Tuesday, December 25, 2012
Around-the-clock Christmas music for the past month has caused me to really listen to the words—and I'm shocked!
I love Christmas music and I'm not ashamed to admit it. And I'm not a Christmas music snob—I listen to it all. I have some very musically inclined friends who are a little snobby about their music; if it isn't classical music or traditional folks songs from across the globe, it's junk as far as they're concerned. Me? I like it all. And I get to indulge in it all this time of year, thanks to radio stations that play Christmas music around the clock from before Thanksgiving to just after the big day. I listen to a Baltimore station at home and a Washington station in the car, so I get a fair mix of styles and artists. I love hearing the old Bing Crosby, Dean Martin, Steve Lawrence and Edie Gorme, Tony Bennett (and the new Tony Bennett) and …
Friday, November 23, 2012
The sudden death of a high school classmate clashes with a holiday created to express thanks for what we have.
I realize I'm getting older—I get slapped in the face with that hard, cold truth every time I pass a mirror. And I realize that death is an inevitable part of life. But I'm no more prepared to be losing members of my high school class at the age of 55 than I was at the age of 18, when Carol "Shelly" Schreiber became the Kenwood High School Class of 1975's first member to slip the surly bonds of earth. Less than two weeks after the graduation speeches that included the typical "the world is your oyster, the sky's the limit, win one for the Gipper" sort of inspiration, Shelly was gone. It was shocking and stunning to deal with the sudden death of a peer who, if we were to believe all of those speeches, faced only endless possibilities and …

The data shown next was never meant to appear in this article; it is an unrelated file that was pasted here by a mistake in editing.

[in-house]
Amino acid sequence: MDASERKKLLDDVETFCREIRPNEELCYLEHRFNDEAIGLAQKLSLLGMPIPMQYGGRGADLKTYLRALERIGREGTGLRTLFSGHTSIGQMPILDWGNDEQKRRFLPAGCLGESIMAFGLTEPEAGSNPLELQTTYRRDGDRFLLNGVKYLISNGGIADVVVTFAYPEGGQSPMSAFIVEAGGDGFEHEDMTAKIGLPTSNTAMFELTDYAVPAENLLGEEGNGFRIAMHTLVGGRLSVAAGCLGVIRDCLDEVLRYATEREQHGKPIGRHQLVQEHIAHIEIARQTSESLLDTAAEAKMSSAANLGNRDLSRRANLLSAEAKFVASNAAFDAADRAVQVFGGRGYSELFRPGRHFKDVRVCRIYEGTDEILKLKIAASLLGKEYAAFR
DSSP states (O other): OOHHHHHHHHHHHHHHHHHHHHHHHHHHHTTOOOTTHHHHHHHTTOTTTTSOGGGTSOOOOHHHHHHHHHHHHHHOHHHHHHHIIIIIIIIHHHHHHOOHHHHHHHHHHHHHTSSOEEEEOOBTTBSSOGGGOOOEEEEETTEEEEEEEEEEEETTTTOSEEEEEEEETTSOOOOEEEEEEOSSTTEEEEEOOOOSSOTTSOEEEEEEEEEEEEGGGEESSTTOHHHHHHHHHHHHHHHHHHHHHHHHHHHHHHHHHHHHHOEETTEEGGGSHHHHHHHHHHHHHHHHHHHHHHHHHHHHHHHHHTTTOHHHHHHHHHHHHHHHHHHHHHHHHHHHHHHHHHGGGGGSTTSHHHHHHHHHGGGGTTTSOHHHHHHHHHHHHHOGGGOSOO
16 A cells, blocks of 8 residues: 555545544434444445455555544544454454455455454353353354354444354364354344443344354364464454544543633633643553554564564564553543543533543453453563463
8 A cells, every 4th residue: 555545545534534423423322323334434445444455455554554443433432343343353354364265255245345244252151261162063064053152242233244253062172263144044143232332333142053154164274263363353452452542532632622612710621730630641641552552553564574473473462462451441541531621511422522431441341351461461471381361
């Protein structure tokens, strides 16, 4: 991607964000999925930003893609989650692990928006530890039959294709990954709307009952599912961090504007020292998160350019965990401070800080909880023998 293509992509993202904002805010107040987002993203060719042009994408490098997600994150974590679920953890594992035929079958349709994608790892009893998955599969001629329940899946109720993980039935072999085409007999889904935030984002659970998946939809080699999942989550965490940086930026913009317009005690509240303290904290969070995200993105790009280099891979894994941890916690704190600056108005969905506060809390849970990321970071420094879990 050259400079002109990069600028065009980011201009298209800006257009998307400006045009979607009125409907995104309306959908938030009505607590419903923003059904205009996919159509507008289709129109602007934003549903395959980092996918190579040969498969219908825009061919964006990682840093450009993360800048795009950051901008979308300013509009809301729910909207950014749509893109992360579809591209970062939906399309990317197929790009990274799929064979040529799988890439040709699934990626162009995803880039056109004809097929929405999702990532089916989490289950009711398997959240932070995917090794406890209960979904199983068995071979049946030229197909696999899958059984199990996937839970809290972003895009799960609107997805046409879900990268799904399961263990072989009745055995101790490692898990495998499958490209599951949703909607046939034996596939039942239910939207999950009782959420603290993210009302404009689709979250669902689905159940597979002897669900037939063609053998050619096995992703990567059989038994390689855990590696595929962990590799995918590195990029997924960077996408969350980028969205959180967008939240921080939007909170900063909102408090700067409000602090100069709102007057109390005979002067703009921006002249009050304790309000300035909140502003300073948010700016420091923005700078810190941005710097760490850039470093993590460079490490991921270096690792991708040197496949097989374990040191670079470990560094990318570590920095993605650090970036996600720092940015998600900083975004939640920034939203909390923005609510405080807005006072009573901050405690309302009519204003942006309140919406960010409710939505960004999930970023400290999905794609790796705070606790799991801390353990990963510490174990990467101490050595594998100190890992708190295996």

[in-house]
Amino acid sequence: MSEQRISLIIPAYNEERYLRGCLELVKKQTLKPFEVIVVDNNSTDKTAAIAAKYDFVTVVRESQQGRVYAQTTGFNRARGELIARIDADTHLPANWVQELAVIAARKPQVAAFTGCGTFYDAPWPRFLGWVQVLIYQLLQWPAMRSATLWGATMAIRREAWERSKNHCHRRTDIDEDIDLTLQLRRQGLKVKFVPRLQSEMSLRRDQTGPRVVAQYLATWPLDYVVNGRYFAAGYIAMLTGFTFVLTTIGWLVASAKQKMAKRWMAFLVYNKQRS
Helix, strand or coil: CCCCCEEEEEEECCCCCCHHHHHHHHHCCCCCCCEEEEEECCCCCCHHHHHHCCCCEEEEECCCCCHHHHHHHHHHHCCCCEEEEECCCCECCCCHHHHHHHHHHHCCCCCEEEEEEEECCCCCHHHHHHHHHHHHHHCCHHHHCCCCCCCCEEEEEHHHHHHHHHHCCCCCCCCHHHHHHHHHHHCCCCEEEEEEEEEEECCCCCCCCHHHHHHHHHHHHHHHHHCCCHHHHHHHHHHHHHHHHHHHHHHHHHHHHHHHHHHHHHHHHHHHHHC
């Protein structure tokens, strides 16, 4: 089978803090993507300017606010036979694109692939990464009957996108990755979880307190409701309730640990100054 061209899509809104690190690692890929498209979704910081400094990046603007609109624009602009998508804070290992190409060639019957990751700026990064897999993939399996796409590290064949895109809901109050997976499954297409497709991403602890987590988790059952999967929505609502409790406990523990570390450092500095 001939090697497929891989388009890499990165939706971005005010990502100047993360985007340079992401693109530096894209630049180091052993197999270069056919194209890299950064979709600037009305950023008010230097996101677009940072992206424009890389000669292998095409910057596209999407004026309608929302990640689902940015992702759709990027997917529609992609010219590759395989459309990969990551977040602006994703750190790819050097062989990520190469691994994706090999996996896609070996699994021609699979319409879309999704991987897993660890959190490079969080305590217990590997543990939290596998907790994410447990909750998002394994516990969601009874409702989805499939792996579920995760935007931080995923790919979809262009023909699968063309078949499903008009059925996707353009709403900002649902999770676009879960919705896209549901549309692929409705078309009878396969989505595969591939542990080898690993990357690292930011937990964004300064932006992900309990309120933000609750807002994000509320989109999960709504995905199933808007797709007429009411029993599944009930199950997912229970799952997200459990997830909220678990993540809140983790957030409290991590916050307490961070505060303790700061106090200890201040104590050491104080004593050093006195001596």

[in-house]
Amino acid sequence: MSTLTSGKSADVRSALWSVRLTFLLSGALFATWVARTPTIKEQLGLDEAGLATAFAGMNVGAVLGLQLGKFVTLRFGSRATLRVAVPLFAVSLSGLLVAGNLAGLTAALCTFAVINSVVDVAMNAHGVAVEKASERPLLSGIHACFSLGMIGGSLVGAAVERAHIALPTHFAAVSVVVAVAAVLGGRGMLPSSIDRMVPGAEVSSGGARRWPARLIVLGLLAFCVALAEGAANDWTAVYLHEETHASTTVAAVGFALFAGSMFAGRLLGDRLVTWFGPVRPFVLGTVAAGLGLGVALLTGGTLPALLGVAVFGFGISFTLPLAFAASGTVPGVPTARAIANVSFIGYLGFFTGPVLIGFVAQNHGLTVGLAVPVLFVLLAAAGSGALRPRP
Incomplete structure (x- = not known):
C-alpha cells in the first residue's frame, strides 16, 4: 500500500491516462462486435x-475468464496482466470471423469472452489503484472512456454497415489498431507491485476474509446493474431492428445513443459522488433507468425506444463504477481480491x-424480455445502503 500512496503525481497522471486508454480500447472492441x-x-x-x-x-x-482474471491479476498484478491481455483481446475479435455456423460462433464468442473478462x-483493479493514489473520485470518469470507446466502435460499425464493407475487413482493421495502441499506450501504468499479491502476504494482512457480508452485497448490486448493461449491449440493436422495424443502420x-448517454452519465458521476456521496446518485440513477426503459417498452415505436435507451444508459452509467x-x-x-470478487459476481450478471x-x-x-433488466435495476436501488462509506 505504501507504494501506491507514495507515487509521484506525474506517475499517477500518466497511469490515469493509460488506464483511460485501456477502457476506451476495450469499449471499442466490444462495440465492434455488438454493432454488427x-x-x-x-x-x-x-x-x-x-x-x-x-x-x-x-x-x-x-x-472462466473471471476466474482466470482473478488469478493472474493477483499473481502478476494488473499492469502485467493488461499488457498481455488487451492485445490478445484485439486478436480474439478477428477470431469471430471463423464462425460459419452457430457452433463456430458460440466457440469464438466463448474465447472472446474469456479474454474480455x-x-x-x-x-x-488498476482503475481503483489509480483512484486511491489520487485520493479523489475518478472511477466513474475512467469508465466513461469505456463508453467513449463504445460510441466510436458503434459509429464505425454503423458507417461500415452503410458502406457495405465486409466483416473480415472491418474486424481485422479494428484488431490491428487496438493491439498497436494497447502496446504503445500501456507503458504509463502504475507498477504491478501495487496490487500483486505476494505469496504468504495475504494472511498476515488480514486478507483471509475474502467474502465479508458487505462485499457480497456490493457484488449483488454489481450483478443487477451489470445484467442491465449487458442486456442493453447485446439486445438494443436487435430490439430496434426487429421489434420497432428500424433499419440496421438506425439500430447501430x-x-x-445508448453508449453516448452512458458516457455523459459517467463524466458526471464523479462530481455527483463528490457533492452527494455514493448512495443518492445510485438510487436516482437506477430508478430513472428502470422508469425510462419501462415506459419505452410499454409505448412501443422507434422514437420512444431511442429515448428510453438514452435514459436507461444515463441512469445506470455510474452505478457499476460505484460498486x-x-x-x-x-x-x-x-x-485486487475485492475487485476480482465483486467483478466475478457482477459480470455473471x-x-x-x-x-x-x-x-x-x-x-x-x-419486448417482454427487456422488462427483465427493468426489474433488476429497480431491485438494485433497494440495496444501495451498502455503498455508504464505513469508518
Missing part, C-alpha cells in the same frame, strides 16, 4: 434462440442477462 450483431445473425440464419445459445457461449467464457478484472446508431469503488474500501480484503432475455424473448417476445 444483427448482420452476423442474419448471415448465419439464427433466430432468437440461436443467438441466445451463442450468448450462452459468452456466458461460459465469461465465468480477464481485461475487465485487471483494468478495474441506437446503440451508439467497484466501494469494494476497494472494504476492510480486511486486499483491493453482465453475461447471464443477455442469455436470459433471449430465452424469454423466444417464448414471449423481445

Friday, October 12, 2012
I get a lump in my throat every time I think of the date and realize the Birds are still playing baseball.
Neither my heart nor my sleep patterns can take too much more of the heart attack baseball being played by the Baltimore Orioles. But that said, I get a lump in my throat everything I simply think of the fact that the Birds are still playing baseball on Oct. 12. Who would have thought it at the beginning of the season? On April 10, I published a column about the clean slate that every new baseball season presents to all baseball fans, but especially to the long-suffering fans in Baltimore. I wrote about the promises made, year after year, about this year's crop of youngsters, and the fan favorites who were routinely traded away or allowed to get away to teams offering better pay, and how it gets tiring to hear that this year is a …
Tuesday, September 25, 2012
Your Patch editor is taking a much-needed vacation.
Dear Dundalk Patch Readers, Effective today, which happens to be my one-year anniversary with Patch.com, I am taking the first vacation I've had in that year. I will be out of the office until Monday, Oct. 8. In the interim, if you have any Patch requests that need immediate attention, please email Associate Regional Editor Sean Welsh at sean.welsh@patch. com. In my absence, I would appreciate it if you keep being the fabulous Dundalk Patch supporters that you are. Keep reading, keep posting your Calendar of Events items, announcements and photos, and keep sending in news tips. I'll return in two weeks, hopefully recharged and ready to jump back into the 24/7/365 news cycle that is Patch. Thanks! Marge
Monday, August 27, 2012
A new school year begins with endless opportunities and possibilities.
Today is the first day of school for most local K-12 students. To make me feel even older and more removed from my own school days, I did a little math. Today's new freshmen are members of the Class of 2016. Today's new kindergartners are members of the Class of 2025. I don't know about you, but when these kindergartners graduate, they will do so 50 years after I graduated from high school. It just doesn't seem possible. I have a relationship with my school days that I'm sure many—if not all of us— have. Some school memories, including some from first grade (I'm so old my school—Mars Estates Elementary School in Essex—did not have kindergarten when I was that age) seem like they were so recent I could simply reach out and touch them. …
Thursday, August 23, 2012